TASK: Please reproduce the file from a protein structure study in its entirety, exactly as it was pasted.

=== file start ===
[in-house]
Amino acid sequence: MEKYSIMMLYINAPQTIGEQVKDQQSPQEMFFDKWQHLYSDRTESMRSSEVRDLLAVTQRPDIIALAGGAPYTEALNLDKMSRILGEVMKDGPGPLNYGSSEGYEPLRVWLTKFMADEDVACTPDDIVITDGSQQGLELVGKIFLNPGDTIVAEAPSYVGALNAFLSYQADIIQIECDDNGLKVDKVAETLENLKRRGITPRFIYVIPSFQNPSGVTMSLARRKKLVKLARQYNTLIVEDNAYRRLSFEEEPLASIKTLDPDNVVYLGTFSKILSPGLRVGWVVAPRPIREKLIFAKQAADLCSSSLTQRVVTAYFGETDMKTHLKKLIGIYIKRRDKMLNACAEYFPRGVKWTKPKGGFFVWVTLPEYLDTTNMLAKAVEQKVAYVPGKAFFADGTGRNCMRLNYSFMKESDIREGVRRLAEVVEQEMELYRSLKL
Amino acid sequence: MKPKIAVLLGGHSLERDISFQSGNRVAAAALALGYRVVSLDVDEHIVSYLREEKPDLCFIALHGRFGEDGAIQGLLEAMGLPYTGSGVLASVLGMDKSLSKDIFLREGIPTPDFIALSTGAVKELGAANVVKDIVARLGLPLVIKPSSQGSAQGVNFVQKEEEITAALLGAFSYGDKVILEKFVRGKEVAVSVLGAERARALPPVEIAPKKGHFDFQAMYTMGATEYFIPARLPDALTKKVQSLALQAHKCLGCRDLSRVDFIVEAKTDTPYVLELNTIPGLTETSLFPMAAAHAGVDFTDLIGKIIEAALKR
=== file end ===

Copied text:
[in-house]
Amino acid sequence: MEKYSIMMLYINAPQTIGEQVKDQQSPQEMFFDKWQHLYSDRTESMRSSEVRDLLAVTQRPDIIALAGGAPYTEALNLDKMSRILGEVMKDGPGPLNYGSSEGYEPLRVWLTKFMADEDVACTPDDIVITDGSQQGLELVGKIFLNPGDTIVAEAPSYVGALNAFLSYQADIIQIECDDNGLKVDKVAETLENLKRRGITPRFIYVIPSFQNPSGVTMSLARRKKLVKLARQYNTLIVEDNAYRRLSFEEEPLASIKTLDPDNVVYLGTFSKILSPGLRVGWVVAPRPIREKLIFAKQAADLCSSSLTQRVVTAYFGETDMKTHLKKLIGIYIKRRDKMLNACAEYFPRGVKWTKPKGGFFVWVTLPEYLDTTNMLAKAVEQKVAYVPGKAFFADGTGRNCMRLNYSFMKESDIREGVRRLAEVVEQEMELYRSLKL
Amino acid sequence: MKPKIAVLLGGHSLERDISFQSGNRVAAAALALGYRVVSLDVDEHIVSYLREEKPDLCFIALHGRFGEDGAIQGLLEAMGLPYTGSGVLASVLGMDKSLSKDIFLREGIPTPDFIALSTGAVKELGAANVVKDIVARLGLPLVIKPSSQGSAQGVNFVQKEEEITAALLGAFSYGDKVILEKFVRGKEVAVSVLGAERARALPPVEIAPKKGHFDFQAMYTMGATEYFIPARLPDALTKKVQSLALQAHKCLGCRDLSRVDFIVEAKTDTPYVLELNTIPGLTETSLFPMAAAHAGVDFTDLIGKIIEAALKR